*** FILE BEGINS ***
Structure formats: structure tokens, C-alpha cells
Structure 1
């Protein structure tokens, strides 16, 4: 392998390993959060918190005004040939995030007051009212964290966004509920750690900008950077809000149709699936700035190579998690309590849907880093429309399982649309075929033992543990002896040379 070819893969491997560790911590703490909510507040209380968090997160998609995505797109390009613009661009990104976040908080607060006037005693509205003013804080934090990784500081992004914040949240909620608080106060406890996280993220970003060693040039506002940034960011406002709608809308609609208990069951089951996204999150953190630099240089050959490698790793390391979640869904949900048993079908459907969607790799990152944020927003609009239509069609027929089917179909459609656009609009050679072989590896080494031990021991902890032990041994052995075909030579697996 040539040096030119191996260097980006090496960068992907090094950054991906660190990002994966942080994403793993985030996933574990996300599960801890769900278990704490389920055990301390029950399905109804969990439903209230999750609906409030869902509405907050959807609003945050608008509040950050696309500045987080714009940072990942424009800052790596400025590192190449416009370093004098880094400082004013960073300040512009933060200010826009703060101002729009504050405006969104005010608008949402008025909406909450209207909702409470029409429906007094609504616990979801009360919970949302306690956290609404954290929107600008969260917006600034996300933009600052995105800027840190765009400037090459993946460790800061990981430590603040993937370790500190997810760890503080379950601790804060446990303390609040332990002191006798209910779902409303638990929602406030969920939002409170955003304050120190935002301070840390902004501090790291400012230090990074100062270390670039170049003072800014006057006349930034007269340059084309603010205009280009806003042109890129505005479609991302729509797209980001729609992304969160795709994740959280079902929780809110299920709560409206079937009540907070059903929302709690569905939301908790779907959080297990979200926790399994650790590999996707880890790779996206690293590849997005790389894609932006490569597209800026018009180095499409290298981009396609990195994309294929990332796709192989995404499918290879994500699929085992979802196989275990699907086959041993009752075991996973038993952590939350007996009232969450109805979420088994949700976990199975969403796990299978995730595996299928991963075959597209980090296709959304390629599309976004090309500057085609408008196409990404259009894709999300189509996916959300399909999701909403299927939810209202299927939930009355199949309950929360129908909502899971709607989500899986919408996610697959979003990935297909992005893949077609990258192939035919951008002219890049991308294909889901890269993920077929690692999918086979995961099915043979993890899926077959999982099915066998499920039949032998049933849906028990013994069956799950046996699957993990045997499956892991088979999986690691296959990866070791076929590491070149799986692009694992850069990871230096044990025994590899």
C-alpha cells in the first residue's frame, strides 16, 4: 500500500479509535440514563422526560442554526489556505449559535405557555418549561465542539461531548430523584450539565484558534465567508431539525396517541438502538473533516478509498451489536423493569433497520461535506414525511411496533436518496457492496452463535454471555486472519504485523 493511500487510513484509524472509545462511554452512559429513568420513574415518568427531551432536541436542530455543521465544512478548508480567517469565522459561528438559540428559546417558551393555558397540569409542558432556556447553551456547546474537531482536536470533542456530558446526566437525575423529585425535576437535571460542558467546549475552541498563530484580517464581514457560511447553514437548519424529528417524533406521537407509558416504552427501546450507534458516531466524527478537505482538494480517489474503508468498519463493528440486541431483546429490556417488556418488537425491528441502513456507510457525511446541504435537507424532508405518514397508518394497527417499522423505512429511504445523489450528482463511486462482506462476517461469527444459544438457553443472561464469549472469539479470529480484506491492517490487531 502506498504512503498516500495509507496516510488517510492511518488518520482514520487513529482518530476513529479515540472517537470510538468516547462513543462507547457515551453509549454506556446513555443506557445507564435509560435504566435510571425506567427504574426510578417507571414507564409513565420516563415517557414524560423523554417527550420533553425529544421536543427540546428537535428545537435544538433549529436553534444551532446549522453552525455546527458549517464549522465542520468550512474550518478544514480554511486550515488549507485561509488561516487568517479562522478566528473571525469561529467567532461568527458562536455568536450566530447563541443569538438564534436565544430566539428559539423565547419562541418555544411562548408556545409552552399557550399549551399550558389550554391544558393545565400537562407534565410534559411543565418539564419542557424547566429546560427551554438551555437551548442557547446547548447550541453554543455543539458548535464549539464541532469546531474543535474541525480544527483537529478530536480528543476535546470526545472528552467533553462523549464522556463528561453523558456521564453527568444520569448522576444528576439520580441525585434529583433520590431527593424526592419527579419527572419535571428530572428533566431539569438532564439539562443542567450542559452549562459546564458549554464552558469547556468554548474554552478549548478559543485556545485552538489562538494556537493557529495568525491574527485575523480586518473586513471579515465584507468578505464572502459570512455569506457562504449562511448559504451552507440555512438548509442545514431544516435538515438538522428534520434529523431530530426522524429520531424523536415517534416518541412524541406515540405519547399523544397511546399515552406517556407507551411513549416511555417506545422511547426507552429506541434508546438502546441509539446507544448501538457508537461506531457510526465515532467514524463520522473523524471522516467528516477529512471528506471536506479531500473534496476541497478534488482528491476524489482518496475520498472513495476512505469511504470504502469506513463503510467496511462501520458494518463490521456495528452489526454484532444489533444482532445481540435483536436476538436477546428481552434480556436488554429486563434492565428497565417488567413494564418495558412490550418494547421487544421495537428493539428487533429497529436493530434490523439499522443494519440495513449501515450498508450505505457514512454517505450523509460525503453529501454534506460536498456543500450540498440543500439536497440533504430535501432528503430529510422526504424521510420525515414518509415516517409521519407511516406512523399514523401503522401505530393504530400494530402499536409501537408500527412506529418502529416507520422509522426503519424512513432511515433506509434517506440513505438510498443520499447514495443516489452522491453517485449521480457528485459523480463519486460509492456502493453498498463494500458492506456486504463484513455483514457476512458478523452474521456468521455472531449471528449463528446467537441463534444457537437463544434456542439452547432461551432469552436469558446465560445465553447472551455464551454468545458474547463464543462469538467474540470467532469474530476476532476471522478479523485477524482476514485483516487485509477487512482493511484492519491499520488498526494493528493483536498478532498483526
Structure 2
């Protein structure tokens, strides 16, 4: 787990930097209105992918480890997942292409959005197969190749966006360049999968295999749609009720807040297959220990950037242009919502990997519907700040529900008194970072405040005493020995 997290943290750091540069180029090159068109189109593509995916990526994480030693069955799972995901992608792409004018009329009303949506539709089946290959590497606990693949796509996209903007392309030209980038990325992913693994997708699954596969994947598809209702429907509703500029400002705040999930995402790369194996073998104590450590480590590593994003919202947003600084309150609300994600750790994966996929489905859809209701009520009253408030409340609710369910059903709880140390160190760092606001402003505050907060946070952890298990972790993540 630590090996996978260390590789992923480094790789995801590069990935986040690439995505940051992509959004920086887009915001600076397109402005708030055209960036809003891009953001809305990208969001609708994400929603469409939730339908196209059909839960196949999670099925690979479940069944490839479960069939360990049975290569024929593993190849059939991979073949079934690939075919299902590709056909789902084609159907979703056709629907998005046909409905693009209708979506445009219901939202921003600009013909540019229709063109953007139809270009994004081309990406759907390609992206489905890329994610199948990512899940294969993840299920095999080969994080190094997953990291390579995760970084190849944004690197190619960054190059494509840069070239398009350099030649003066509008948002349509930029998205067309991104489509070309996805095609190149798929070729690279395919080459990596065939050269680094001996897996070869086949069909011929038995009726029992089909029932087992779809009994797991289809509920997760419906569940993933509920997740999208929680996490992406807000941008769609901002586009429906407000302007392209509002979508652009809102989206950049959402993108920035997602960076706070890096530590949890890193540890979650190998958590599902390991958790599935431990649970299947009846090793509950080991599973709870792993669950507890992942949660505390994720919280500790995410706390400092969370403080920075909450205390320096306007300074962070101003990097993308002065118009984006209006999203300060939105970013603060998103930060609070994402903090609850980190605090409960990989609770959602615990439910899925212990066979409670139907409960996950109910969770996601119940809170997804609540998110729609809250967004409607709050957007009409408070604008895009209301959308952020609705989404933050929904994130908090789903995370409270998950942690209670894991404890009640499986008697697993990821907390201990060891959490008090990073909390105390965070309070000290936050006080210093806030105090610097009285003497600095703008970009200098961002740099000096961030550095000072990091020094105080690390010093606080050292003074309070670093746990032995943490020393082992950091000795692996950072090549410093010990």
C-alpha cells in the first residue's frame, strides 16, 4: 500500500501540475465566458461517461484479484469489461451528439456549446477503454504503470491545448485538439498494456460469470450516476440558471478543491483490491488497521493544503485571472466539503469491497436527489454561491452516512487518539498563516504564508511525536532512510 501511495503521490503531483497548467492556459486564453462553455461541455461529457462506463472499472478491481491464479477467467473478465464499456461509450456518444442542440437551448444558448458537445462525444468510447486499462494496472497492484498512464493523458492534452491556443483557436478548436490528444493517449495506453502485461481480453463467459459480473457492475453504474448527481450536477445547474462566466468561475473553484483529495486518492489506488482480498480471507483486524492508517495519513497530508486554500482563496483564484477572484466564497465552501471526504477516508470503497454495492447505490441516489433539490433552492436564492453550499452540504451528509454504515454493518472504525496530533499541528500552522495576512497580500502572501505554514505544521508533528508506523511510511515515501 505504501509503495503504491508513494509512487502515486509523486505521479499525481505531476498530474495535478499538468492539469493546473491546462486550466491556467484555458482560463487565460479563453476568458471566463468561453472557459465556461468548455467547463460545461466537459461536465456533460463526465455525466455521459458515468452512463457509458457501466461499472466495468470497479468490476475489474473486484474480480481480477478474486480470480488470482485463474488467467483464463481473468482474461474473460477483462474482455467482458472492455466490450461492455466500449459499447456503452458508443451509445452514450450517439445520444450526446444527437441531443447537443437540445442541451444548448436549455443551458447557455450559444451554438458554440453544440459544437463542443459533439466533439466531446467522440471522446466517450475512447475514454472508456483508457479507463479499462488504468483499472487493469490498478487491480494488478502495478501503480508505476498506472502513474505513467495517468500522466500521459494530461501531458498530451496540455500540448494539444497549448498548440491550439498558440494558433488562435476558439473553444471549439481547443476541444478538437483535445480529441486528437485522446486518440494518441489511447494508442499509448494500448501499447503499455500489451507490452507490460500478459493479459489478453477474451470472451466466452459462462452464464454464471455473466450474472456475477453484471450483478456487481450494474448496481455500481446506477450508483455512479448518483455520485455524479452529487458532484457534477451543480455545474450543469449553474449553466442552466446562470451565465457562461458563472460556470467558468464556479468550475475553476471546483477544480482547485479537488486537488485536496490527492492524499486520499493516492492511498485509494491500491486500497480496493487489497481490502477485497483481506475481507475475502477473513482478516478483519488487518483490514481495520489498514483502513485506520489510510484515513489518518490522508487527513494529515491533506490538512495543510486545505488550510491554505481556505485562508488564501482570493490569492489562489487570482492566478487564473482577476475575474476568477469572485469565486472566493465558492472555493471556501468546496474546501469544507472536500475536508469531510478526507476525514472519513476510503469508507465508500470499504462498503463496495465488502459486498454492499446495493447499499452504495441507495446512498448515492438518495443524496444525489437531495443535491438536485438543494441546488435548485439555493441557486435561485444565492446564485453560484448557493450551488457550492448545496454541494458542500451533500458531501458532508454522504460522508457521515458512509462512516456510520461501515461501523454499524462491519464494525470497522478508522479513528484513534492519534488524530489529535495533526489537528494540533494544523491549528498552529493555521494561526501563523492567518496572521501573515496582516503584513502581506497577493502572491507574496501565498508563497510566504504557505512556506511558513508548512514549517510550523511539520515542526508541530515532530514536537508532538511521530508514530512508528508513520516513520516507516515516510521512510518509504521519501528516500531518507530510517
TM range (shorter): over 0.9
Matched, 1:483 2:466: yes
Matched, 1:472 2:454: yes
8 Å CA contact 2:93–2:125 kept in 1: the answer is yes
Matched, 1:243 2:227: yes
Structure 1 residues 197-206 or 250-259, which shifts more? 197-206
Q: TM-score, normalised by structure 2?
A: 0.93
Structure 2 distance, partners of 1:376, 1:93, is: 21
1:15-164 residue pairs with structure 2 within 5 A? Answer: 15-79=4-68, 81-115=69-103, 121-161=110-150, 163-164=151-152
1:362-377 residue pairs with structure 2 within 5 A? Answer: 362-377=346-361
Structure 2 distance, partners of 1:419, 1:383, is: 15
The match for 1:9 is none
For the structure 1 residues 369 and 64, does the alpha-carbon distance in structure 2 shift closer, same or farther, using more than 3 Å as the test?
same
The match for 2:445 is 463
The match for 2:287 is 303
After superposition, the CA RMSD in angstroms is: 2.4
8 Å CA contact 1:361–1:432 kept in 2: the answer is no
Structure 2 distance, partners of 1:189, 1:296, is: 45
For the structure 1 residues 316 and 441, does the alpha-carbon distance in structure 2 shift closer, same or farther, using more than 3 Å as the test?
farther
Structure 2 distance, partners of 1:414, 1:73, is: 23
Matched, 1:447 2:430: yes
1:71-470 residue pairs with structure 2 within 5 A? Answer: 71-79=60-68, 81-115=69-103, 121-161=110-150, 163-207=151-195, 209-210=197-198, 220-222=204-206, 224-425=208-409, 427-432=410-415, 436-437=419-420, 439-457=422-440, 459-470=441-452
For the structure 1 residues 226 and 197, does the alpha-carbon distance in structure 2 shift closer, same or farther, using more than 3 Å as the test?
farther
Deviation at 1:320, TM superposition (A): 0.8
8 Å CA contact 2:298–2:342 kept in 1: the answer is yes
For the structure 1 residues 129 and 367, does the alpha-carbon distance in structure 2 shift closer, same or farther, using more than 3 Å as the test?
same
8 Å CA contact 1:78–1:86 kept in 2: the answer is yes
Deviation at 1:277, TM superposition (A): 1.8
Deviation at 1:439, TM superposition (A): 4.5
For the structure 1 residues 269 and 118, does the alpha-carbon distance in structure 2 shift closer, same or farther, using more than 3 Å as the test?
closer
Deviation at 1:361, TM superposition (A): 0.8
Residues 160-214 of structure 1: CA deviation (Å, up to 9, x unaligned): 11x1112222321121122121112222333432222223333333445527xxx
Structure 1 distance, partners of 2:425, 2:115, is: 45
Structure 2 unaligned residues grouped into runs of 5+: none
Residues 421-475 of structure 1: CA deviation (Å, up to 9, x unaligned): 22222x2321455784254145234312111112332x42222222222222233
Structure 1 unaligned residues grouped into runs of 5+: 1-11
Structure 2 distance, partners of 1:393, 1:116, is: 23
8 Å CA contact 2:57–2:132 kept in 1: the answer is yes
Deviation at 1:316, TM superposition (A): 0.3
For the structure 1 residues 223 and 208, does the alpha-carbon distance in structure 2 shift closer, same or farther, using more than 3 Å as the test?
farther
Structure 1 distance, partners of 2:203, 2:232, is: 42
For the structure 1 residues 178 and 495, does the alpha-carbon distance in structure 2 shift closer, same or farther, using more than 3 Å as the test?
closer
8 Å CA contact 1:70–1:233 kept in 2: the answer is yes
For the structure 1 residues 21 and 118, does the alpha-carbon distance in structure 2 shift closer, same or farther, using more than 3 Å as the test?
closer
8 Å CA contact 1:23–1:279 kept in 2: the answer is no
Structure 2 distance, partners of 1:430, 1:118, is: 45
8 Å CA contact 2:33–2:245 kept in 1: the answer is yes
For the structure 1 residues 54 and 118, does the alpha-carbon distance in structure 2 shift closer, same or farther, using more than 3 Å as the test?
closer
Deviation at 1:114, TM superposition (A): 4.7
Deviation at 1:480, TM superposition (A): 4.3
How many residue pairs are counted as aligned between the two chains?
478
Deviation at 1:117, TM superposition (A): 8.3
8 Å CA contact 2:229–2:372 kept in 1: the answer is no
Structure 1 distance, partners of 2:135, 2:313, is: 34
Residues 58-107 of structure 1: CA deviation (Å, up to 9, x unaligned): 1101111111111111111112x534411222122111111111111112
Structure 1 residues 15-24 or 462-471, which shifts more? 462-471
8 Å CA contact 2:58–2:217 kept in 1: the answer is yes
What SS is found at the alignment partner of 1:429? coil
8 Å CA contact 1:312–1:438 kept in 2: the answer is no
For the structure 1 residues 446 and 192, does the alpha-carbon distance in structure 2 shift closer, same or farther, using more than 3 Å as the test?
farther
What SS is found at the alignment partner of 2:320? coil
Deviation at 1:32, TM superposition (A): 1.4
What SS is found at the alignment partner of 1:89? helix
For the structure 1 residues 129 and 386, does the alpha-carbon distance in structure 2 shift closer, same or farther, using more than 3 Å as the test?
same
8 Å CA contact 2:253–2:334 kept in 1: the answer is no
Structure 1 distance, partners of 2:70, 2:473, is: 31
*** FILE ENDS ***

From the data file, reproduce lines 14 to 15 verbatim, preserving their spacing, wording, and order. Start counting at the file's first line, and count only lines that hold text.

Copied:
Q: TM-score, normalised by structure 2?
A: 0.93